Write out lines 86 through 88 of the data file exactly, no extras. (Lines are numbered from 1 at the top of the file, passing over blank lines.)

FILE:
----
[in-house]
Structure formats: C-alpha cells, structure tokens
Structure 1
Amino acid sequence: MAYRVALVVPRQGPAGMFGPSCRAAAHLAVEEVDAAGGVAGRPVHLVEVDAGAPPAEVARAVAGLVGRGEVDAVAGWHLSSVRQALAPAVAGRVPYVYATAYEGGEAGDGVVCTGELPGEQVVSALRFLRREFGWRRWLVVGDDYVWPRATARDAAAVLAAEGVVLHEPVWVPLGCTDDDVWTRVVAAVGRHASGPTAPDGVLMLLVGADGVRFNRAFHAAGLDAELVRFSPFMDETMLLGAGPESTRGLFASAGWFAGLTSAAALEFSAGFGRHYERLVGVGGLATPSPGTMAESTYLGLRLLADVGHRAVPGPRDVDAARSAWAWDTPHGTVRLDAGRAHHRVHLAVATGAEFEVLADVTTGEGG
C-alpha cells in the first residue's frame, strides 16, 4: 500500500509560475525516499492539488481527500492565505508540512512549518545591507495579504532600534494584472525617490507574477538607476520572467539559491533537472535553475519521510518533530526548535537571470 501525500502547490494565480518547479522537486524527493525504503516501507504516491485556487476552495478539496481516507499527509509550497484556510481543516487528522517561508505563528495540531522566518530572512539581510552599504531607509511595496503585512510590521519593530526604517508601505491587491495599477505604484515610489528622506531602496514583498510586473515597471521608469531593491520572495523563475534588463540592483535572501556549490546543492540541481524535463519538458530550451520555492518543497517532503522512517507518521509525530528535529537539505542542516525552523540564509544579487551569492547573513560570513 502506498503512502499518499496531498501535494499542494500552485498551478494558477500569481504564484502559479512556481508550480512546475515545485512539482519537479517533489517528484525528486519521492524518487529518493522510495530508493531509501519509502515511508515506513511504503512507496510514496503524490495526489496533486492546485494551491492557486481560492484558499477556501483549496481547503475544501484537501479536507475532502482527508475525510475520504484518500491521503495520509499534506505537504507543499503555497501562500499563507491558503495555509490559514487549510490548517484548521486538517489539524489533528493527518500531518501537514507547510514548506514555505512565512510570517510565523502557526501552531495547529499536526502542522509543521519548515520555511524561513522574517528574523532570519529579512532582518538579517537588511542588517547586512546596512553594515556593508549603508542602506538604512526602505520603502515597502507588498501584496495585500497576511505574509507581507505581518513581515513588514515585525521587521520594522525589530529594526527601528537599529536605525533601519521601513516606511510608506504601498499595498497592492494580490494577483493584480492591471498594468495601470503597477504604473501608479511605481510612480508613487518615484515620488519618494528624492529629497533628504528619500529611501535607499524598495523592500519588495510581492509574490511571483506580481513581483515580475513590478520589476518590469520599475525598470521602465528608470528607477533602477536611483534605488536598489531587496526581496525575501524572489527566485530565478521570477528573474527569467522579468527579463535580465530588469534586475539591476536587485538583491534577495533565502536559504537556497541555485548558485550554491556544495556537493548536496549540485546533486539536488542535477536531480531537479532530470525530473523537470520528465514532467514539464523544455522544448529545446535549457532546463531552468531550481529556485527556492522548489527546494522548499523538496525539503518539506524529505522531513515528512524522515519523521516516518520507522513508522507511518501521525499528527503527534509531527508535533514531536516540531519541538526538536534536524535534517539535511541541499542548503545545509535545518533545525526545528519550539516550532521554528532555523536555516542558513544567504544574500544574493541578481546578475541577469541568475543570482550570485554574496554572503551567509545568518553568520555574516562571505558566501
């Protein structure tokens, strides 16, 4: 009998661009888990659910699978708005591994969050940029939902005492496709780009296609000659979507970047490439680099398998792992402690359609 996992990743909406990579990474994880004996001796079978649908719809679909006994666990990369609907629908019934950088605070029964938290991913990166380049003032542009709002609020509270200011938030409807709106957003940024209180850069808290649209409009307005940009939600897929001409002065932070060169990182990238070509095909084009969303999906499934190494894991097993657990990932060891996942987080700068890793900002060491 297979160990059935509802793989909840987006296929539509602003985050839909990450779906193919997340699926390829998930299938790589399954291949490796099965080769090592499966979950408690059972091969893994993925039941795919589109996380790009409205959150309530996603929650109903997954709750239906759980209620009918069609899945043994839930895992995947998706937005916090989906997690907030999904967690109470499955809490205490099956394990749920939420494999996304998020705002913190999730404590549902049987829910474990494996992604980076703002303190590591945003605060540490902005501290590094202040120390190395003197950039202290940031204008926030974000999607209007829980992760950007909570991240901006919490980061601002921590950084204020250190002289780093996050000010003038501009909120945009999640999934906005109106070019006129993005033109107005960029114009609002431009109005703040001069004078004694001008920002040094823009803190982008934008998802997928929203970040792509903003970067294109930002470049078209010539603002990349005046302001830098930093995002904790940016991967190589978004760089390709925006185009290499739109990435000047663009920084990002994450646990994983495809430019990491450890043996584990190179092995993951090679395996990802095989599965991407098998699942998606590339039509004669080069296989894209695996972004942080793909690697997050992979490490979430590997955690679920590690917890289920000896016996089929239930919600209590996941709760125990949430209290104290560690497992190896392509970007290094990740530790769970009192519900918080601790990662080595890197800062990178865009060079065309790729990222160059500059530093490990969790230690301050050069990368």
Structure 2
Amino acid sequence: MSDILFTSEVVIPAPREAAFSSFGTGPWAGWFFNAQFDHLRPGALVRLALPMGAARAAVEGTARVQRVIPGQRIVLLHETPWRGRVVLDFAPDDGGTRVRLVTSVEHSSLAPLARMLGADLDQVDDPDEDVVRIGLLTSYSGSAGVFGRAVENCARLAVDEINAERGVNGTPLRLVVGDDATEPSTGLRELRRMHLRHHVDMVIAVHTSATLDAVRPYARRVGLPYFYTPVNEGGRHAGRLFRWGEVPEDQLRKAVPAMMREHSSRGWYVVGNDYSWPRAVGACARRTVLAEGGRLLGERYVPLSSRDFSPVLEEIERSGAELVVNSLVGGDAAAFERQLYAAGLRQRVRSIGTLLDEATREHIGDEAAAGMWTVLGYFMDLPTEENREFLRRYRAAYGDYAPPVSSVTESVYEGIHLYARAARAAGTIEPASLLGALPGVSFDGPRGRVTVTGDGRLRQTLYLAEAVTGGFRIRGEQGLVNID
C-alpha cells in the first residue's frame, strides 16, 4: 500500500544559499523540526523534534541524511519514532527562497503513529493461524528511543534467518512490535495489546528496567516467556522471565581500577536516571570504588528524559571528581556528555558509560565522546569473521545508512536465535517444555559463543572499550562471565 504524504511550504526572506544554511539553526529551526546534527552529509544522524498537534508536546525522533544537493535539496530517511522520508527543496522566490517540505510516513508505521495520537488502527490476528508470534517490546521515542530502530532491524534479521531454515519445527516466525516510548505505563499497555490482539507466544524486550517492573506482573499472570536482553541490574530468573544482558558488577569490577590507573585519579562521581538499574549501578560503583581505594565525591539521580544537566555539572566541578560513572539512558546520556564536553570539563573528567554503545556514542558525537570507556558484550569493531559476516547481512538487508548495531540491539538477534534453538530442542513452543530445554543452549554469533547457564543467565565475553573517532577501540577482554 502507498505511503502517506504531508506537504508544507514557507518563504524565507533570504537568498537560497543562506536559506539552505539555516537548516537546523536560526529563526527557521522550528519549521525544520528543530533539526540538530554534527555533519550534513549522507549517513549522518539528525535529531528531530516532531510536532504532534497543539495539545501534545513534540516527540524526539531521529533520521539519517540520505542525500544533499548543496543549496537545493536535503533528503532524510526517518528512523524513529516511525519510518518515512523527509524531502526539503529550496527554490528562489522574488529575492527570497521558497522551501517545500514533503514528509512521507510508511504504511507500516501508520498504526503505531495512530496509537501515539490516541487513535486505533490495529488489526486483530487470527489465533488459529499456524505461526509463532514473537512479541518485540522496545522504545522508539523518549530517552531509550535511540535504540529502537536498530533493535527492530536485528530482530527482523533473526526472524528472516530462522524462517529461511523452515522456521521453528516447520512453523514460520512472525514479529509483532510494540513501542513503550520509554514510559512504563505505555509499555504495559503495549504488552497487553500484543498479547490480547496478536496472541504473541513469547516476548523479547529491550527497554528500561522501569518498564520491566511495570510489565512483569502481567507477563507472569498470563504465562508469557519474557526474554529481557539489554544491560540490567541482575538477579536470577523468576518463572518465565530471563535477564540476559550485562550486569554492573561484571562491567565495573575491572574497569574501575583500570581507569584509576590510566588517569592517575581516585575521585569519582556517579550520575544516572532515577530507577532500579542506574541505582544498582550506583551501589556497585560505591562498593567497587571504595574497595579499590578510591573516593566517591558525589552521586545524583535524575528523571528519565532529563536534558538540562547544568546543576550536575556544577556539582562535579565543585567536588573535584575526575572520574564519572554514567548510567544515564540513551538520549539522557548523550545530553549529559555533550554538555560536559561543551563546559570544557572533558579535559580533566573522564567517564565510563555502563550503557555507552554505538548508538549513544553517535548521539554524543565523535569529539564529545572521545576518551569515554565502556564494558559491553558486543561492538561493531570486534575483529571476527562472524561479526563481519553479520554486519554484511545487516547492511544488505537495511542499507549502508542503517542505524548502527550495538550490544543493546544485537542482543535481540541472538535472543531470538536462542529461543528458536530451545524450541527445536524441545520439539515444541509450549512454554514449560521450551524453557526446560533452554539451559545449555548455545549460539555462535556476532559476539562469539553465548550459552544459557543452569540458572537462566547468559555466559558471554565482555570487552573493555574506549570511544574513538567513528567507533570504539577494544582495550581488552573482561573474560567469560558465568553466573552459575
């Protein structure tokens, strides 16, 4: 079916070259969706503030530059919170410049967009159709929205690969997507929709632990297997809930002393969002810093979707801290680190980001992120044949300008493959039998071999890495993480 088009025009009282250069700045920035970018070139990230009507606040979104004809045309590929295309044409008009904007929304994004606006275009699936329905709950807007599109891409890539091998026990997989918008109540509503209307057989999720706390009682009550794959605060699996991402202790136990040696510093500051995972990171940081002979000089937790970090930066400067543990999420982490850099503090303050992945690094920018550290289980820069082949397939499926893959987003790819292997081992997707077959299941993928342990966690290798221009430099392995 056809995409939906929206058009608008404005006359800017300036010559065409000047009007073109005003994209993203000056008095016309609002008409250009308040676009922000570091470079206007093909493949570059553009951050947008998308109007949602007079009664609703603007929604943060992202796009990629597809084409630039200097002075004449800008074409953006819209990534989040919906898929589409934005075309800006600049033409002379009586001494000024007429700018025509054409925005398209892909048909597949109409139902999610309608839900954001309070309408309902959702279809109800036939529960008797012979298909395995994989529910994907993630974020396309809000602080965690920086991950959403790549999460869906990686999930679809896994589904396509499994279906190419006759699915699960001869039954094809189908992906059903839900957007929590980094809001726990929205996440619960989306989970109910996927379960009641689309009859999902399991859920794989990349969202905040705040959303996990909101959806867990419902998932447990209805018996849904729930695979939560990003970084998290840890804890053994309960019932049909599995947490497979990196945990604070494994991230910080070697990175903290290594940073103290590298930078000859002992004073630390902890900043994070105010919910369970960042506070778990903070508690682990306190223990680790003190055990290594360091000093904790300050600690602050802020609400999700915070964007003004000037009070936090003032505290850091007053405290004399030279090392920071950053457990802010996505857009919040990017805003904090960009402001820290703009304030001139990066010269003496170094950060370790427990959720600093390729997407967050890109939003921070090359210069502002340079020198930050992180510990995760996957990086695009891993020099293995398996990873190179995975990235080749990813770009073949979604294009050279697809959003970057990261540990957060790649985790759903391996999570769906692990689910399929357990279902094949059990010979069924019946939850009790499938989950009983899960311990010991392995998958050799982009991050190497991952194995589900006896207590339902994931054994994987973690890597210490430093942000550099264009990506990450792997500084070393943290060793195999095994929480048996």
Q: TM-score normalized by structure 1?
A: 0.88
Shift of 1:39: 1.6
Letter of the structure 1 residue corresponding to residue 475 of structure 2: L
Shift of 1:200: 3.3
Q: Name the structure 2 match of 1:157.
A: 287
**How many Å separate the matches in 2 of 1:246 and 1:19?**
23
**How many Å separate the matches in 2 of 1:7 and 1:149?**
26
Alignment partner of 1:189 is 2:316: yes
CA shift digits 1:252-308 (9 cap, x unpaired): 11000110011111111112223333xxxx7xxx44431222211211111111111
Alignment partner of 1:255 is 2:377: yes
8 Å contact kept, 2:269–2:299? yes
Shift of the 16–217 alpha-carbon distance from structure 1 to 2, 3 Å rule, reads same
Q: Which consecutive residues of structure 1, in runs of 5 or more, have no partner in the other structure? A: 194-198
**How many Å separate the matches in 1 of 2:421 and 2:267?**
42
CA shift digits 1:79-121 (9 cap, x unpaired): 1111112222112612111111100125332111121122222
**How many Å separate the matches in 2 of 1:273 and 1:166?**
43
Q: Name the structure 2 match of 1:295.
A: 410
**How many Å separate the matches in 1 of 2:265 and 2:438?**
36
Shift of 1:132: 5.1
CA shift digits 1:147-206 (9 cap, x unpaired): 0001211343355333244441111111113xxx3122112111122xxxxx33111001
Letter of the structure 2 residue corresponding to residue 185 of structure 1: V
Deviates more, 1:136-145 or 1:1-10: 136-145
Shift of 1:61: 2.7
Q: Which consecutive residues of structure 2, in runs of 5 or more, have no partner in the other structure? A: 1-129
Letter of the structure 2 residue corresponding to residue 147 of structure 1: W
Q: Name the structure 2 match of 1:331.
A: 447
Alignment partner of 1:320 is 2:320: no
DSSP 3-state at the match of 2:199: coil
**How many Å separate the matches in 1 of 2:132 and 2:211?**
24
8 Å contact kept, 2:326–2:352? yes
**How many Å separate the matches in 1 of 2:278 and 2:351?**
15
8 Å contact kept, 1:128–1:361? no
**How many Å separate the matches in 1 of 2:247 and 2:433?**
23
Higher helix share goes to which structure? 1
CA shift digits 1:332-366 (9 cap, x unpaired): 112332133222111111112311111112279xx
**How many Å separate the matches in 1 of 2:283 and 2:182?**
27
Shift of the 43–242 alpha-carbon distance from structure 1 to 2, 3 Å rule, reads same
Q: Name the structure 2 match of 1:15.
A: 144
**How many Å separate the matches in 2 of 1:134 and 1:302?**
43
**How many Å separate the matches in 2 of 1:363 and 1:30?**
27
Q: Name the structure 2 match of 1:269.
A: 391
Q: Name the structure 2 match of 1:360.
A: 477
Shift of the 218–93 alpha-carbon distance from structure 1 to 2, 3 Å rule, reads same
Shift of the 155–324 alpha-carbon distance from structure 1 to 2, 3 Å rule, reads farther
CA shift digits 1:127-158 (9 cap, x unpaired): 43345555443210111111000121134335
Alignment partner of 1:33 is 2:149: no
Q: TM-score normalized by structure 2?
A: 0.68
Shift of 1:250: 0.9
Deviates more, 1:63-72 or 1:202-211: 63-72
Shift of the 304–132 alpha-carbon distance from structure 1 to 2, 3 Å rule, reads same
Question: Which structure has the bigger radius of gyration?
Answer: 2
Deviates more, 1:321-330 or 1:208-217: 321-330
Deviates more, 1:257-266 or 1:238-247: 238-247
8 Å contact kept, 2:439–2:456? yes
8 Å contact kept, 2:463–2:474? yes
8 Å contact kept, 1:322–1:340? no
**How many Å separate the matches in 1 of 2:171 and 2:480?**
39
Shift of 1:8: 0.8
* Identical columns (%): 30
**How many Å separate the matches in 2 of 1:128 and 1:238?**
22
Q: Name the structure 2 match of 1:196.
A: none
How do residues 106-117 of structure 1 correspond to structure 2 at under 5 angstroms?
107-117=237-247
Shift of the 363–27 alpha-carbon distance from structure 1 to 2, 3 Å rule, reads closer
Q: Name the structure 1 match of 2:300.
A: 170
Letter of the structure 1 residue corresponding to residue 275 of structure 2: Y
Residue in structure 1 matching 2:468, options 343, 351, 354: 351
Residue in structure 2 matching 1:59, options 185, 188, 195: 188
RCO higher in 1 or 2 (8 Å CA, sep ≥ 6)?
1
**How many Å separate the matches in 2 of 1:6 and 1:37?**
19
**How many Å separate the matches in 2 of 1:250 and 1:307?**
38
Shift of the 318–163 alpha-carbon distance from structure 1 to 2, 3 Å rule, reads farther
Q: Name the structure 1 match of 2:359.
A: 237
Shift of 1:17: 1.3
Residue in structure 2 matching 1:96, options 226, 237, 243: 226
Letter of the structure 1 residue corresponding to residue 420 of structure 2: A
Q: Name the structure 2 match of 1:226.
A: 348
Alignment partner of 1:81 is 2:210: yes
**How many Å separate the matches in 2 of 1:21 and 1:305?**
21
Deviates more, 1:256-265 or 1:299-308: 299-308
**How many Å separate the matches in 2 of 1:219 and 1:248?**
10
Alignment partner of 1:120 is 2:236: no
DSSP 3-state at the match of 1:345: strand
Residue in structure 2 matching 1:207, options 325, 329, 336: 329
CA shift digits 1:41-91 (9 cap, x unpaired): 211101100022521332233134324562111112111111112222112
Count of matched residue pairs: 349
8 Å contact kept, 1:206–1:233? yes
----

8 Å contact kept, 1:322–1:340? no
**How many Å separate the matches in 1 of 2:171 and 2:480?**
39